There's a magical aura to the number seven -- seven days of creation, seven Rule Breaker holdings, and seven minutes in heaven. The seven deadly sins -- pride, envy, gluttony, lust, anger, greed and sloth -- have been around a long time but, contrary to popular belief, there's no mention of them as a unit in the Bible.
The first literary reference to these seven no-nos was written between 1265 and 1274 by St. Thomas Aquinas, in the second section of his Summa Totius Theologiae, wherein he philosophized that the deadliest aspect of any one sin is its potential to lead to all others.
Developing success and wealth can lead to these seven hidden traps. As Foolish investors intent on prosperity, we need to follow the yellow-brick road of long-term investing and avoid deadly detours. By circumventing the seven snares, our successes won't leave us quicker than they came.
When investors get lucky by stumbling on a stock whose price goes immediately to the moon, they risk developing an erroneous belief in their ability to defy gravity. Fools who bought Celera Genomics (NYSE: CRA) without fully understanding the company's mission were prone to such delusions of anti-gravity grandeur as the stock soared to a price of $252. It fell back to earth, all right, accelerating faster than the 32 feet per second per second at which physical bodies plummet. Think of it as Newtonian Investing.
If a long-term vision guided your Celera purchase, that visit to the stratosphere may have rendered you giddy. Experienced investors, however, know a momentum run when they see one, and ride the helium train patiently as the company settles back to earth where the classical laws of markets and physics operate.
Don't let over-zealous pride overstate your accomplishments. Nobody -- and that includes market "gurus" -- knows everything or makes the right choices all the time.
Envy, the resentment of another's good fortune, is dangerous. Desiring others' riches or portfolios saps life-affirming energy.
People reach different levels of success at different times, and yours will indeed come if you are patient, honest, and resourceful.
If you feel the other man's portfolio is somehow greener, evaluate the efforts that generated those terrific results. As the old saying goes, "The only person worth envying is the person who doesn't envy."
While the stock market is a veritable feast of choices waiting to be gobbled up, beware of consuming more than what's necessary, or you may end up hopelessly spinning in a whirlpool of information. We recommend a portfolio of 8-15 stocks. Remember, as a partial owner of these businesses, you'll need to digest company information on a quarterly basis. Man has not created an antacid strong enough for information indigestion.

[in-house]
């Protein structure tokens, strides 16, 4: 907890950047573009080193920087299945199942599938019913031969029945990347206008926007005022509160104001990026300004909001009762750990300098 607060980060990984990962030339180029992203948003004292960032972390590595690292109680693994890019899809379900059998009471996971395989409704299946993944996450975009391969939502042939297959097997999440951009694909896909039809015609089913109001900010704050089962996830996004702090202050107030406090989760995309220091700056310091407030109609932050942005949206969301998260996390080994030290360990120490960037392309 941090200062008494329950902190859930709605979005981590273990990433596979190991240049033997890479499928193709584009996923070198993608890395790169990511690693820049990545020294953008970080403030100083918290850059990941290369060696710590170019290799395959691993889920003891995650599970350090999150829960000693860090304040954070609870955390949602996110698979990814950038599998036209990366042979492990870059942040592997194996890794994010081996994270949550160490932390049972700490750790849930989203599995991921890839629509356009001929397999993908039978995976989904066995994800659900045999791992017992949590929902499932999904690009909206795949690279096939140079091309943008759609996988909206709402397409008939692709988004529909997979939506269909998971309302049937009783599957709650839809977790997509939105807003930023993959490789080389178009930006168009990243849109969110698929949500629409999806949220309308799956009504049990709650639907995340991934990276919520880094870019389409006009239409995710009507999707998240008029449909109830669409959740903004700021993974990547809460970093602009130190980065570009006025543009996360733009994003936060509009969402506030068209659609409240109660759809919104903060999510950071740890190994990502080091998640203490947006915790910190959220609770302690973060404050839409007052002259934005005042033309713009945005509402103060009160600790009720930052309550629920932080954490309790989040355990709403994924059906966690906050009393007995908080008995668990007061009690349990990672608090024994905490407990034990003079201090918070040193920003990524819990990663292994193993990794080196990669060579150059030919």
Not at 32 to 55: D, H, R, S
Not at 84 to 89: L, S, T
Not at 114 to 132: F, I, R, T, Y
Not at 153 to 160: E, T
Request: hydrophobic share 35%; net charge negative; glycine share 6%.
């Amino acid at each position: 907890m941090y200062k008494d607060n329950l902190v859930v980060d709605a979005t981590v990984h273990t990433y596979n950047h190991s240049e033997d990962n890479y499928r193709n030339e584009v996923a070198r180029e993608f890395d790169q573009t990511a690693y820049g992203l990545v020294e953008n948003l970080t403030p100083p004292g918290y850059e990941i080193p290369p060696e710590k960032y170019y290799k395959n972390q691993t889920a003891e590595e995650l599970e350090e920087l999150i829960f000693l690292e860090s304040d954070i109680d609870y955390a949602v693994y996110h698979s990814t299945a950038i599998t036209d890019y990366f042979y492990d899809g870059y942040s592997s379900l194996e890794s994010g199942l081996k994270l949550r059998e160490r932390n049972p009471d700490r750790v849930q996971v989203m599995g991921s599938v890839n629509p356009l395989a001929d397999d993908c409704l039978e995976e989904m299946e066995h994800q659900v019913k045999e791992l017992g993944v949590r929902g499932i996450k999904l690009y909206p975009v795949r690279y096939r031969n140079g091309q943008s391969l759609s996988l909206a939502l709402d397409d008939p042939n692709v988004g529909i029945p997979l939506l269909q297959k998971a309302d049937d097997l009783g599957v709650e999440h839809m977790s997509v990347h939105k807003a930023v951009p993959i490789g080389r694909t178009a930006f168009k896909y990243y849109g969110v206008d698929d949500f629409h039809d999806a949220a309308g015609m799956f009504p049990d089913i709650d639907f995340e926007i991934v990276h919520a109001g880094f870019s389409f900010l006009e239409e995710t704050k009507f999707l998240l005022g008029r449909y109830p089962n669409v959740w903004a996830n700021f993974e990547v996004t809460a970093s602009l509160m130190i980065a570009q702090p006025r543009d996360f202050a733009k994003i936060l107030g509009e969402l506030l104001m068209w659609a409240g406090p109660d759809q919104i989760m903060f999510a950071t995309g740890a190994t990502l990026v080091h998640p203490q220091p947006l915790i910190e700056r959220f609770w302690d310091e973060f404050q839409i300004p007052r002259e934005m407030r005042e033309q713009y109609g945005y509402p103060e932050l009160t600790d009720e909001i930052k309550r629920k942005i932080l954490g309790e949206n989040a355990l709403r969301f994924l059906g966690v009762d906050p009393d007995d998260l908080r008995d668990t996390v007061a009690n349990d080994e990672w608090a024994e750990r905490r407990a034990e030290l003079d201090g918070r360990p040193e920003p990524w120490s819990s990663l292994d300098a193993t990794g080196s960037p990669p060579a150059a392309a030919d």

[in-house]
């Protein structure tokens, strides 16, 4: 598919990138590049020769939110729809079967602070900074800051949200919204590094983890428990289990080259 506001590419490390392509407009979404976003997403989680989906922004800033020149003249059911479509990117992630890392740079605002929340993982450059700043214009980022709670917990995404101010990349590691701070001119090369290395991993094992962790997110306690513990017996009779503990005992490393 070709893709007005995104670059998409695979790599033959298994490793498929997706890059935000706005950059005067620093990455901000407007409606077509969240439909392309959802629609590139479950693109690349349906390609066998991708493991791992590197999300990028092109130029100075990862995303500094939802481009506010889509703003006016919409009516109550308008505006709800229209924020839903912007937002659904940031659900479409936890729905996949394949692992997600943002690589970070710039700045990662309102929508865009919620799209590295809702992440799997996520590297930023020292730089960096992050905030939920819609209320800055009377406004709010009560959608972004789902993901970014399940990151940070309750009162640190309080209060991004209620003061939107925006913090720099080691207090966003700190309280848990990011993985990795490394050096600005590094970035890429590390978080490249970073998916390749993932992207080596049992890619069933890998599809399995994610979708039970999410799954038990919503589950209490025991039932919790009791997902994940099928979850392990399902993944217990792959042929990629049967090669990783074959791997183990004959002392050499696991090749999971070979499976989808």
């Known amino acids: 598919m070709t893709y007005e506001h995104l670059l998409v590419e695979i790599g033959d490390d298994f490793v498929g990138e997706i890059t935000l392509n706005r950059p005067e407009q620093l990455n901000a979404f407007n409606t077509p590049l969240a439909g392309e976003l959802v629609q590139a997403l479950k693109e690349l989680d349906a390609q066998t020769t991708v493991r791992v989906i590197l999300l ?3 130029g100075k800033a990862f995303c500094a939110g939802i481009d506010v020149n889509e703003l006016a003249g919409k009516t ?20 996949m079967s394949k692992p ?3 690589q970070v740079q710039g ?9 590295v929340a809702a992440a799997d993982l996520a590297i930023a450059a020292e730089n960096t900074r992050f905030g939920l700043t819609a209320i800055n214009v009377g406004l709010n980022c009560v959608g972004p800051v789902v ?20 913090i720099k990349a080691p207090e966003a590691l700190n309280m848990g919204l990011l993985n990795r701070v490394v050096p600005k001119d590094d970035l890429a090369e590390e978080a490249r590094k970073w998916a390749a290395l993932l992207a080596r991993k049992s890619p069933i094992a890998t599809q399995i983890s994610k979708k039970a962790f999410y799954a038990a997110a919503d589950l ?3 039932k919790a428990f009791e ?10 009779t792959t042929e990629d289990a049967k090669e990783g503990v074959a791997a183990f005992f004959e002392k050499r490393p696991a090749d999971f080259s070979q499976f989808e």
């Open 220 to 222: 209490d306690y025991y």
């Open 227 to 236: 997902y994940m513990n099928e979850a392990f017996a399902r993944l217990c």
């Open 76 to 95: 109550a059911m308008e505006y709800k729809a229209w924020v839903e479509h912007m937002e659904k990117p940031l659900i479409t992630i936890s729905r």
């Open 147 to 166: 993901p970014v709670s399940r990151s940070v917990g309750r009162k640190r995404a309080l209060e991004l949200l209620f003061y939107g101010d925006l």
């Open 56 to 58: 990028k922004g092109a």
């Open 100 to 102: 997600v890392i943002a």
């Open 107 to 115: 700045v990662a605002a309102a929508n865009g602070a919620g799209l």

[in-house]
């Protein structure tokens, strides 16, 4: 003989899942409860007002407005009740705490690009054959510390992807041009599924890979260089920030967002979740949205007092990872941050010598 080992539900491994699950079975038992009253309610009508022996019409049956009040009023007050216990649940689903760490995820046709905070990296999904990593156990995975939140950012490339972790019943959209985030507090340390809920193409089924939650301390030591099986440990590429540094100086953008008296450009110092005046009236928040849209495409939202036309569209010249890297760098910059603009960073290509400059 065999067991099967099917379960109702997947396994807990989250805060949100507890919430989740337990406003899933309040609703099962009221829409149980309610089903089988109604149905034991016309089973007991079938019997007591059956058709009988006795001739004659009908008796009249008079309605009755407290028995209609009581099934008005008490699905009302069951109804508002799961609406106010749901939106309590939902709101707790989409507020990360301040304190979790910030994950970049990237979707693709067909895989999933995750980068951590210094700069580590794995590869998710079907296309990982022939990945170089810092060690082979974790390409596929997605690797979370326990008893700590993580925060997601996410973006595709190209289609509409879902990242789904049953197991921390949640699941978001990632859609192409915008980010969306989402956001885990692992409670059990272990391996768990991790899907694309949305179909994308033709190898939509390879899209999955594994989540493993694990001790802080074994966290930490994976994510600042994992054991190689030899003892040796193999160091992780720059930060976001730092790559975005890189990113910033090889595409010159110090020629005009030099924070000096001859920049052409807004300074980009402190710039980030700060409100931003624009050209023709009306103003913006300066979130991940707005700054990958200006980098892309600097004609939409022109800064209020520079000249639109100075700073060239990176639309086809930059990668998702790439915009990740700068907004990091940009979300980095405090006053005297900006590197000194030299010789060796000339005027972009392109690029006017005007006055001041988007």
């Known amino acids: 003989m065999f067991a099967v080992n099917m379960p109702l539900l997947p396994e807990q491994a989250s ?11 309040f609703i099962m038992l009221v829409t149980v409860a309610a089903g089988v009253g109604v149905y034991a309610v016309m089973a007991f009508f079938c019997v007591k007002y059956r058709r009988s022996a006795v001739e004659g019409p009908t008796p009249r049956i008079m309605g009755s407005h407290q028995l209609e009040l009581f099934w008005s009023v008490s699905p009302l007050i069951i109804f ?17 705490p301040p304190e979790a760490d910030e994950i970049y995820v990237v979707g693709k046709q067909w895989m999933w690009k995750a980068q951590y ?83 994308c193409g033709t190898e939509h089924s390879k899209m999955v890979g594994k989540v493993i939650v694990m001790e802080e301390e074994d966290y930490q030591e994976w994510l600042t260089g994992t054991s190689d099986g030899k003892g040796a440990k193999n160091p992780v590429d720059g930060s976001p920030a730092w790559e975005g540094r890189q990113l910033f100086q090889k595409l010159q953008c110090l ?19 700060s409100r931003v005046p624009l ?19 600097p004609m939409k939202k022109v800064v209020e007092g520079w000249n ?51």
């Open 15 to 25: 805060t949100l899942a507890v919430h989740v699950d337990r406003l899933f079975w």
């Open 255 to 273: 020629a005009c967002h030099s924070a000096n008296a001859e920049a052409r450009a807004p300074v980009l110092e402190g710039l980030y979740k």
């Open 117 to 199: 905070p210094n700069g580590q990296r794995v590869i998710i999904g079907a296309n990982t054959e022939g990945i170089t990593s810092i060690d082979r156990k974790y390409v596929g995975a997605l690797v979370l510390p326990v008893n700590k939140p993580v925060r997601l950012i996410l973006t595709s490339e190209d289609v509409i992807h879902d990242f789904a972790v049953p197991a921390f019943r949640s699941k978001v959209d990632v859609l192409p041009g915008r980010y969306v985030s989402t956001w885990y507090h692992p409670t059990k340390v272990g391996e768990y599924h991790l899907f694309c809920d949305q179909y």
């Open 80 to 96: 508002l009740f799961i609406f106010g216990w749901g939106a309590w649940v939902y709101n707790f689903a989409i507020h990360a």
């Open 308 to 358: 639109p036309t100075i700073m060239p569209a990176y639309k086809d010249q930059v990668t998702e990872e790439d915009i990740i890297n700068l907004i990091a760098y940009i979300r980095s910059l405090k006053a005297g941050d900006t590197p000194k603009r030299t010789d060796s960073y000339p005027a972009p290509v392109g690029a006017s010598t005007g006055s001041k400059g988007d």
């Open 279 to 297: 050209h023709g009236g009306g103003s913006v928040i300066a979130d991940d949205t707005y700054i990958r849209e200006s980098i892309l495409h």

Lust is the self-destructive drive for pleasure, hopelessly out of proportion to its pay-off. Think penny stocks that must be bought today. Stuff up your ears like Odysseus to resist the seductive sirens of hype, who lure innocent investors into having the hots for huge quantities of cheap issues. If you have $5,000 to invest, which sounds better -- owning 5,000 shares of a $1 stock or 50 shares of a $100 stock?
In this case, bigger (holdings) just sound better, but quality of the company is more important than quantity.
Don't let lust for easy riches betray your goals of long-term investing. To paraphrase a classic rock song, "If you want to be wealthy for the rest of your life, don't make a penny stock your wife."
"Always remember, others may hate you, but those who hate you don't win unless you hate them -- and then you destroy yourself." -- Richard Nixon
Has a company you owned ever reported stellar earnings, only to be punished by the market the morning after? If so, it's easy to become enraged at the uncontrollable forces that defy logic. The anger you feel may lead you towards irrational, impulsive decisions, like selling a great company you had every intention of holding. Walk it off; don't sell it off.
When a stock makes you angry, dig deeper into the company's fundamentals and re-analyze why you bought the stock in the first place.
Is there a Scrooge living deep inside you who hoards your investing gains and hatches plots to make more, more, and more? If there is, it's important to combat the desires for excessive wealth, and consider giving something back to the community as a way of expressing thanks for your good fortune.
Here in Fooldom, we do those via our Foolanthropy efforts. Sharing a small piece of your success will bring rewards of a nature that money can't touch. Try it, you'll like it.
Don't be lazy and fall under the spell of Newton's Law of Inertia. MacArthur Foundation Genius Award recipient Matthew Rabin theorized that procrastination by those seeking immediate gratification jeopardizes an investor's plans for a healthy, happy retirement.
Avoid falling into the trap of sloth by being realistic about the time and energy you can delegate towards investing. Our 13 Steps to Investing Foolishly offers investing methods with varying time commitments, and one will be suitable for you.